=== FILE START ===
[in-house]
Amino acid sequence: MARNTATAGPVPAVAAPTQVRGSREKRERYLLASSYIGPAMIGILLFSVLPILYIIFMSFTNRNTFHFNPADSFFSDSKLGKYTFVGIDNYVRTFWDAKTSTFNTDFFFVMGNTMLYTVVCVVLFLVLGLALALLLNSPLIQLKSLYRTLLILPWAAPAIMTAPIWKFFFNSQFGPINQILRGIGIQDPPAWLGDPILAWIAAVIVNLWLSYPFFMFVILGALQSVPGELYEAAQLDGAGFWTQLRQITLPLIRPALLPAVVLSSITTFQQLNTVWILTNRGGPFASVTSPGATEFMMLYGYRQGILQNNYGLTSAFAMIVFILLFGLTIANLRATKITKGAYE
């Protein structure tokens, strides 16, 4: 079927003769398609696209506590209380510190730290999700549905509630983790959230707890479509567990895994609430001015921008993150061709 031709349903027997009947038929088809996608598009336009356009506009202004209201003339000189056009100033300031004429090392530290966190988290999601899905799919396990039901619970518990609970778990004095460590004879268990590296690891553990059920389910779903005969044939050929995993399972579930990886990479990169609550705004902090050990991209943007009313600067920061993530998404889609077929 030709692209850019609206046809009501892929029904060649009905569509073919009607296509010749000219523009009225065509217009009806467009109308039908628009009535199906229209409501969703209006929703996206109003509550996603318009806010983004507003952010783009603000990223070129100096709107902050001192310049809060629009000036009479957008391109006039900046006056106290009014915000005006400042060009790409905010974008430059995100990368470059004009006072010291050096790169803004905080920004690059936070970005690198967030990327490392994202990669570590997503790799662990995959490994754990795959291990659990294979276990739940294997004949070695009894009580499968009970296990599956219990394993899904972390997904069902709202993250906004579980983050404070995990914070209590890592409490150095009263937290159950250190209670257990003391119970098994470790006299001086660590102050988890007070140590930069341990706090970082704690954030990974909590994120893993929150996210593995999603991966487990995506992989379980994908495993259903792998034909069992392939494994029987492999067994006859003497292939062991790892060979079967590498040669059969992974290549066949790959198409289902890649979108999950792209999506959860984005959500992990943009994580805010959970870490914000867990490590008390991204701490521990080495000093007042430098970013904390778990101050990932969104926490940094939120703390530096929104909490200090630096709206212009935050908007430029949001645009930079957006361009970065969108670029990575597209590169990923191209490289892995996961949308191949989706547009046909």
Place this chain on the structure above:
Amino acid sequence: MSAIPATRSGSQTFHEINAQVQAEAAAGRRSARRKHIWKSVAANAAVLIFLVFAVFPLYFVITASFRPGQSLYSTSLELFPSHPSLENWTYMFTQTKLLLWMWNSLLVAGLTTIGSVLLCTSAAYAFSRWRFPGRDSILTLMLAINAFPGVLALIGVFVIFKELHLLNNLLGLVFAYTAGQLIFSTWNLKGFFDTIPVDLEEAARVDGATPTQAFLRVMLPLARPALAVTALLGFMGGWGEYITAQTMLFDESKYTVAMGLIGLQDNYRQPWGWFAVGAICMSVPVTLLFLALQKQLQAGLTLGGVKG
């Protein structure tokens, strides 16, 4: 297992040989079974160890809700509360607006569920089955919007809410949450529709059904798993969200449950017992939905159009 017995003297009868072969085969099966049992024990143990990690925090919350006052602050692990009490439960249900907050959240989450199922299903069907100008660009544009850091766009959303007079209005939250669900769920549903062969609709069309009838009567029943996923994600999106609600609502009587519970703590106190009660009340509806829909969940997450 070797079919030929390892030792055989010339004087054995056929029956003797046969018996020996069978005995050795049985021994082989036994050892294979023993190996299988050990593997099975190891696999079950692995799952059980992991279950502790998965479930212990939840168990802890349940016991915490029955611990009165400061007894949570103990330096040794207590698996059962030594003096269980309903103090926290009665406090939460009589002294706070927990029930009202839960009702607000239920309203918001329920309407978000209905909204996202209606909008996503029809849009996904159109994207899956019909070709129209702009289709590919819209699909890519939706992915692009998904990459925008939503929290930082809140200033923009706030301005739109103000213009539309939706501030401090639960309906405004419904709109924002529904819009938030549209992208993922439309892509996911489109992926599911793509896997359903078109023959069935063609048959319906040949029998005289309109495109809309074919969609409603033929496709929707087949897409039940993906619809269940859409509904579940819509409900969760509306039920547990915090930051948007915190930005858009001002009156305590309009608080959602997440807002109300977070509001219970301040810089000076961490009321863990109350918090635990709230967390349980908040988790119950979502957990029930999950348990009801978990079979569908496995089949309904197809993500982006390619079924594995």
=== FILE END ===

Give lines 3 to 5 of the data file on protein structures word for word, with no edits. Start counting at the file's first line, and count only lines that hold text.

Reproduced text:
């Protein structure tokens, strides 16, 4: 079927003769398609696209506590209380510190730290999700549905509630983790959230707890479509567990895994609430001015921008993150061709 031709349903027997009947038929088809996608598009336009356009506009202004209201003339000189056009100033300031004429090392530290966190988290999601899905799919396990039901619970518990609970778990004095460590004879268990590296690891553990059920389910779903005969044939050929995993399972579930990886990479990169609550705004902090050990991209943007009313600067920061993530998404889609077929 030709692209850019609206046809009501892929029904060649009905569509073919009607296509010749000219523009009225065509217009009806467009109308039908628009009535199906229209409501969703209006929703996206109003509550996603318009806010983004507003952010783009603000990223070129100096709107902050001192310049809060629009000036009479957008391109006039900046006056106290009014915000005006400042060009790409905010974008430059995100990368470059004009006072010291050096790169803004905080920004690059936070970005690198967030990327490392994202990669570590997503790799662990995959490994754990795959291990659990294979276990739940294997004949070695009894009580499968009970296990599956219990394993899904972390997904069902709202993250906004579980983050404070995990914070209590890592409490150095009263937290159950250190209670257990003391119970098994470790006299001086660590102050988890007070140590930069341990706090970082704690954030990974909590994120893993929150996210593995999603991966487990995506992989379980994908495993259903792998034909069992392939494994029987492999067994006859003497292939062991790892060979079967590498040669059969992974290549066949790959198409289902890649979108999950792209999506959860984005959500992990943009994580805010959970870490914000867990490590008390991204701490521990080495000093007042430098970013904390778990101050990932969104926490940094939120703390530096929104909490200090630096709206212009935050908007430029949001645009930079957006361009970065969108670029990575597209590169990923191209490289892995996961949308191949989706547009046909």
Place this chain on the structure above:
Amino acid sequence: MSAIPATRSGSQTFHEINAQVQAEAAAGRRSARRKHIWKSVAANAAVLIFLVFAVFPLYFVITASFRPGQSLYSTSLELFPSHPSLENWTYMFTQTKLLLWMWNSLLVAGLTTIGSVLLCTSAAYAFSRWRFPGRDSILTLMLAINAFPGVLALIGVFVIFKELHLLNNLLGLVFAYTAGQLIFSTWNLKGFFDTIPVDLEEAARVDGATPTQAFLRVMLPLARPALAVTALLGFMGGWGEYITAQTMLFDESKYTVAMGLIGLQDNYRQPWGWFAVGAICMSVPVTLLFLALQKQLQAGLTLGGVKG